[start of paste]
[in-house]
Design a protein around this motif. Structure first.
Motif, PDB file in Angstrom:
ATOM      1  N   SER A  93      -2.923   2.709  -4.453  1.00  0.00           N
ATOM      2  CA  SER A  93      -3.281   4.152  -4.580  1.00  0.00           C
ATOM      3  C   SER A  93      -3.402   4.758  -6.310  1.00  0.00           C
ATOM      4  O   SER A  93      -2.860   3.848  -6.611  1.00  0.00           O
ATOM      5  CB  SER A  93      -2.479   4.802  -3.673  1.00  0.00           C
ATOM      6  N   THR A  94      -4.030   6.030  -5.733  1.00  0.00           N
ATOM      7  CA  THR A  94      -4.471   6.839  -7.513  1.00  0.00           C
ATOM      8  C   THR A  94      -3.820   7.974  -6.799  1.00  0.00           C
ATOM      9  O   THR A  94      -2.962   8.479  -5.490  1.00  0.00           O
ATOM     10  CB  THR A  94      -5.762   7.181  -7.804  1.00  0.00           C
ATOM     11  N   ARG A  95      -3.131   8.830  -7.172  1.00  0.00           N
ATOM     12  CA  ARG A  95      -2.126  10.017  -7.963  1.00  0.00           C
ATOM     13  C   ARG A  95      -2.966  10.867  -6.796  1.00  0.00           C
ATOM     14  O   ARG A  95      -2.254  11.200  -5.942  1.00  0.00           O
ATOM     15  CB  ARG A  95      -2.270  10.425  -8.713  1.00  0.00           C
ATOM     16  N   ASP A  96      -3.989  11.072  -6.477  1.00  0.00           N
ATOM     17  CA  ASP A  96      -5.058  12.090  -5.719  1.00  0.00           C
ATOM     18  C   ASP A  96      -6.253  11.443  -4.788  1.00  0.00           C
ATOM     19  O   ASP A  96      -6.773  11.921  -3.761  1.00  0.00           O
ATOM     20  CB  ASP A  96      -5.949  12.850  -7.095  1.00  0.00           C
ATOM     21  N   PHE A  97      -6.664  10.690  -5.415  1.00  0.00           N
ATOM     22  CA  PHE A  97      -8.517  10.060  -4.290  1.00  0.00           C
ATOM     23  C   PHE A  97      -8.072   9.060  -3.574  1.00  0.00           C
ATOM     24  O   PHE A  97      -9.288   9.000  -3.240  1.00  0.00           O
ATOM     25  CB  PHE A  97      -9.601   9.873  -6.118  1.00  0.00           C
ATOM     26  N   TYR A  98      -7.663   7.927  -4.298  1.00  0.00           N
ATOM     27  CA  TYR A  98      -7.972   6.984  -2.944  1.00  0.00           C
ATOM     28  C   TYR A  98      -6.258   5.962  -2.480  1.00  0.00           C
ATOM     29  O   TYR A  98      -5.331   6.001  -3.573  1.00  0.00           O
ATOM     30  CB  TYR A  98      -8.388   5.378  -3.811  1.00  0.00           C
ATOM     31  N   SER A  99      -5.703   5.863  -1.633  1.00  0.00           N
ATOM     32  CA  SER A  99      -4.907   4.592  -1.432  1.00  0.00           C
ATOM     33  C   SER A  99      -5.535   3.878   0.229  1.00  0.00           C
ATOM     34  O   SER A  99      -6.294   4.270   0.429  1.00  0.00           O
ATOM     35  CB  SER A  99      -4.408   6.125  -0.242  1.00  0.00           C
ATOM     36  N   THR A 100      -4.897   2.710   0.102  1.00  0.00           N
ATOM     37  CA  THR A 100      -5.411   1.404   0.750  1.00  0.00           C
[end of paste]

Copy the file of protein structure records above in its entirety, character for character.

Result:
[in-house]
Design a protein around this motif. Structure first.
Motif, PDB file in Angstrom:
ATOM      1  N   SER A  93      -2.923   2.709  -4.453  1.00  0.00           N
ATOM      2  CA  SER A  93      -3.281   4.152  -4.580  1.00  0.00           C
ATOM      3  C   SER A  93      -3.402   4.758  -6.310  1.00  0.00           C
ATOM      4  O   SER A  93      -2.860   3.848  -6.611  1.00  0.00           O
ATOM      5  CB  SER A  93      -2.479   4.802  -3.673  1.00  0.00           C
ATOM      6  N   THR A  94      -4.030   6.030  -5.733  1.00  0.00           N
ATOM      7  CA  THR A  94      -4.471   6.839  -7.513  1.00  0.00           C
ATOM      8  C   THR A  94      -3.820   7.974  -6.799  1.00  0.00           C
ATOM      9  O   THR A  94      -2.962   8.479  -5.490  1.00  0.00           O
ATOM     10  CB  THR A  94      -5.762   7.181  -7.804  1.00  0.00           C
ATOM     11  N   ARG A  95      -3.131   8.830  -7.172  1.00  0.00           N
ATOM     12  CA  ARG A  95      -2.126  10.017  -7.963  1.00  0.00           C
ATOM     13  C   ARG A  95      -2.966  10.867  -6.796  1.00  0.00           C
ATOM     14  O   ARG A  95      -2.254  11.200  -5.942  1.00  0.00           O
ATOM     15  CB  ARG A  95      -2.270  10.425  -8.713  1.00  0.00           C
ATOM     16  N   ASP A  96      -3.989  11.072  -6.477  1.00  0.00           N
ATOM     17  CA  ASP A  96      -5.058  12.090  -5.719  1.00  0.00           C
ATOM     18  C   ASP A  96      -6.253  11.443  -4.788  1.00  0.00           C
ATOM     19  O   ASP A  96      -6.773  11.921  -3.761  1.00  0.00           O
ATOM     20  CB  ASP A  96      -5.949  12.850  -7.095  1.00  0.00           C
ATOM     21  N   PHE A  97      -6.664  10.690  -5.415  1.00  0.00           N
ATOM     22  CA  PHE A  97      -8.517  10.060  -4.290  1.00  0.00           C
ATOM     23  C   PHE A  97      -8.072   9.060  -3.574  1.00  0.00           C
ATOM     24  O   PHE A  97      -9.288   9.000  -3.240  1.00  0.00           O
ATOM     25  CB  PHE A  97      -9.601   9.873  -6.118  1.00  0.00           C
ATOM     26  N   TYR A  98      -7.663   7.927  -4.298  1.00  0.00           N
ATOM     27  CA  TYR A  98      -7.972   6.984  -2.944  1.00  0.00           C
ATOM     28  C   TYR A  98      -6.258   5.962  -2.480  1.00  0.00           C
ATOM     29  O   TYR A  98      -5.331   6.001  -3.573  1.00  0.00           O
ATOM     30  CB  TYR A  98      -8.388   5.378  -3.811  1.00  0.00           C
ATOM     31  N   SER A  99      -5.703   5.863  -1.633  1.00  0.00           N
ATOM     32  CA  SER A  99      -4.907   4.592  -1.432  1.00  0.00           C
ATOM     33  C   SER A  99      -5.535   3.878   0.229  1.00  0.00           C
ATOM     34  O   SER A  99      -6.294   4.270   0.429  1.00  0.00           O
ATOM     35  CB  SER A  99      -4.408   6.125  -0.242  1.00  0.00           C
ATOM     36  N   THR A 100      -4.897   2.710   0.102  1.00  0.00           N
ATOM     37  CA  THR A 100      -5.411   1.404   0.750  1.00  0.00           C